This course is a survey course designed for non-science majors which spans the Earth-related sciences, including geology, oceanography, meteorology, and astronomy. In general, the course focuses on physical processes and materials as related to each discipline. Topics include the geologic evolution of the Earth, economic resources derived from the Earth, Earth materials, evolution and character of the oceans, ocean-atmosphere interactions, atmospheric processes including weather and climate, the solar system and Earth as part of the universe. Using an Earth systems approach, lecture and laboratory will consider concepts centered about the sustainable use of natural resources. The laboratory portion of this course provides hands-on activities that support and demonstrate lecture concepts. The lecture portion of this course may be offered in a distance education format.
This course takes an interdisciplinary approach to the study of race and ethnicity in the United States. It examines social justice movements in relation to ethnic and racial groups in the United States to provide a basis for a better understanding of the socioeconomic, cultural, and political conditions among key social groups including, but not limited to, Native Americans, African Americans, Asian Americans, and Latina/o Americans. This course examines the systemic nature of racial/ethnic oppression through an examination of key concepts including racialization and ethnocentrism, with a specific focus on the persistence of white supremacy. Using an anti-racist framework, the course will examine historical and contemporary social movements dedicated to the decolonization of social institutions, resistance, and social justice. This course may be offered in a distance education format.
This course is a survey of the historical development and contributions of African Americans in the United States. Topics include African civilizations, the African slave trade and Diaspora, the development of African American culture, colonial and Antebellum slavery, Emancipation and Reconstruction, Jim Crow, the Harlem Renaissance, the Civil Rights Movements, African Americans at war, 21th Century struggles for racial justice, and the concepts of race, ethnicity, and equality. This course may be offered in a distance education format.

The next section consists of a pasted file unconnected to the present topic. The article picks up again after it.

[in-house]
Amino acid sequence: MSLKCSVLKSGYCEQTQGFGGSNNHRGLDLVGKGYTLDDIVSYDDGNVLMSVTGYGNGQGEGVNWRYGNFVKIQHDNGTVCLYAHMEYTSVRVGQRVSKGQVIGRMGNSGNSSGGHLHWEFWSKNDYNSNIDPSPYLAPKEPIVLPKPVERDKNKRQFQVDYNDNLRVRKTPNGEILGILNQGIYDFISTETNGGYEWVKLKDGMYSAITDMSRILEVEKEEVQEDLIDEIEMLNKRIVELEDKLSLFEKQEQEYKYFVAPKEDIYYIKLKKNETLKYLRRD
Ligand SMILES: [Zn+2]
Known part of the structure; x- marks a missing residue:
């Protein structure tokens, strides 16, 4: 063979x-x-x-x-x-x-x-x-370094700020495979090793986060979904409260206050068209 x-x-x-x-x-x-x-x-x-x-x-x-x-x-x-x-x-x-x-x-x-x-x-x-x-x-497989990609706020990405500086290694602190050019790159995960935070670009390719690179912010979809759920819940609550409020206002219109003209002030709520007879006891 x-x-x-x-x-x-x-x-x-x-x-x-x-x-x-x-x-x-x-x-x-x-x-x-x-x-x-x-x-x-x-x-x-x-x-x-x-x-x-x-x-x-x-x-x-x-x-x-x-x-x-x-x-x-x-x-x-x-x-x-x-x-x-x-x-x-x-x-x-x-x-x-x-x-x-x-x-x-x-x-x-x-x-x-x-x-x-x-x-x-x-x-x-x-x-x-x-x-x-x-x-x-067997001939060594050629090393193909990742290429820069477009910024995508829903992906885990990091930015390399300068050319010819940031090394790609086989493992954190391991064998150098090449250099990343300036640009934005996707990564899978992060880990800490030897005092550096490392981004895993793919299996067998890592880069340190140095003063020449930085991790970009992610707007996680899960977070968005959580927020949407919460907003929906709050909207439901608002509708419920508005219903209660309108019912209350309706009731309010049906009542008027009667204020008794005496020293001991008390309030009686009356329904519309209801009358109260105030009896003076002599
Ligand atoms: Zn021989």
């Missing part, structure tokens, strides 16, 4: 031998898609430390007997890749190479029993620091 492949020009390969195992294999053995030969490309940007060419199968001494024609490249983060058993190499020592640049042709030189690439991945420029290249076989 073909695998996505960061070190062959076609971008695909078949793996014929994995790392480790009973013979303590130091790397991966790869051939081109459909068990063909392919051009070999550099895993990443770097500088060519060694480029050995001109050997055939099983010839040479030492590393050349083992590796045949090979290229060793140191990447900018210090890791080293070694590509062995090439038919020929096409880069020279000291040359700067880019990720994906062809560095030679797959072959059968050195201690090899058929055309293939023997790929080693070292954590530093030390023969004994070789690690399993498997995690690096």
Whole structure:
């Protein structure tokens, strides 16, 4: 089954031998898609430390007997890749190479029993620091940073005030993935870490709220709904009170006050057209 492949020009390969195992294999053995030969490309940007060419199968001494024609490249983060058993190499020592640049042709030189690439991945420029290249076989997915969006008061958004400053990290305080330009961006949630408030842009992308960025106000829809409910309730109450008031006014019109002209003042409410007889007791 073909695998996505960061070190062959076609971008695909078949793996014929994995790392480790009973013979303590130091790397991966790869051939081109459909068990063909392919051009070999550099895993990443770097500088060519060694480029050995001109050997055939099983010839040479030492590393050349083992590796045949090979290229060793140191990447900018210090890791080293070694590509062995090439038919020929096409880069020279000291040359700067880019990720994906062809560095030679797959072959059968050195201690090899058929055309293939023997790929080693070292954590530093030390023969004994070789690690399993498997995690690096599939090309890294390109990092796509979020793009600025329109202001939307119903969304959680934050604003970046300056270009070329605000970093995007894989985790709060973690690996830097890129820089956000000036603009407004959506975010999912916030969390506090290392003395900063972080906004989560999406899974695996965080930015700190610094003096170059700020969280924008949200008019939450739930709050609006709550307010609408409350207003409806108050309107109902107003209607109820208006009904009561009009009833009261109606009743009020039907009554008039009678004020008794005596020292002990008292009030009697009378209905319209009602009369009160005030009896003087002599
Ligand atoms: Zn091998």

Spring Semester, Second Year15 Units Total
A survey of the development of the major civilizations of the world from 1500 to the present. The focus is on the political, economic, social, intellectual and religious forces present in the rise of Africa, the Americas, Asia and Europe from 1500 to the present day. The study of the dynamic interaction of peoples and cultures will give a multi- perspective view of world history. This course may be offered in a distance learning format.
This course is an introduction to the conservation or wise use of natural resources and incorporates discussions about the complex relationships of man to the environment. Students will learn about the diverse agencies that manage our resources along with their history and philosophies. The course will cover each of the major natural resources - such as water, air, energy, forests, wildlife, agriculture, and soils - as well as environmental policy and laws that govern the use of these resources. An emphasis is placed on the practical components of Environmental Science as it relates to social and economic aspects of conservation. This course may be offered in a distance education format.
This course studies the basic economic institutions and principles as they pertain to the entire economic system such as money and banking, determinants of national income, employment, output and the roles played by government in using monetary and fiscal policy to promote the mandates of the Employment Act of 1946. This course may be offered in a distance education format.
Please see a counselor to discuss options for meeting general education requirements for transfer to California State Universities (CSU) and/or University of California (UC) campuses, as well as any specific additional courses that may be required by your chosen institution of transfer.
*Alternative Courses: Please see a Shasta College counselor for alternative course options. You can also view the following to find other courses to meet degree/certificate requirements:
- California State Universities – General Education
- IGETC – Intersegmental General Education Transfer Curriculum
Need a print out? Feel free to download and/or print out a copy of the sample program map(s).
- History AA-T - Full-Time Pathway (PDF)
*These printouts are currently not yet available, but they will be linked as soon as they're ready!
People, Culture, & Society Interest Area Counselors
Brian SpillaneFaculty Contact Info
Corrinne MinnardFaculty Contact Info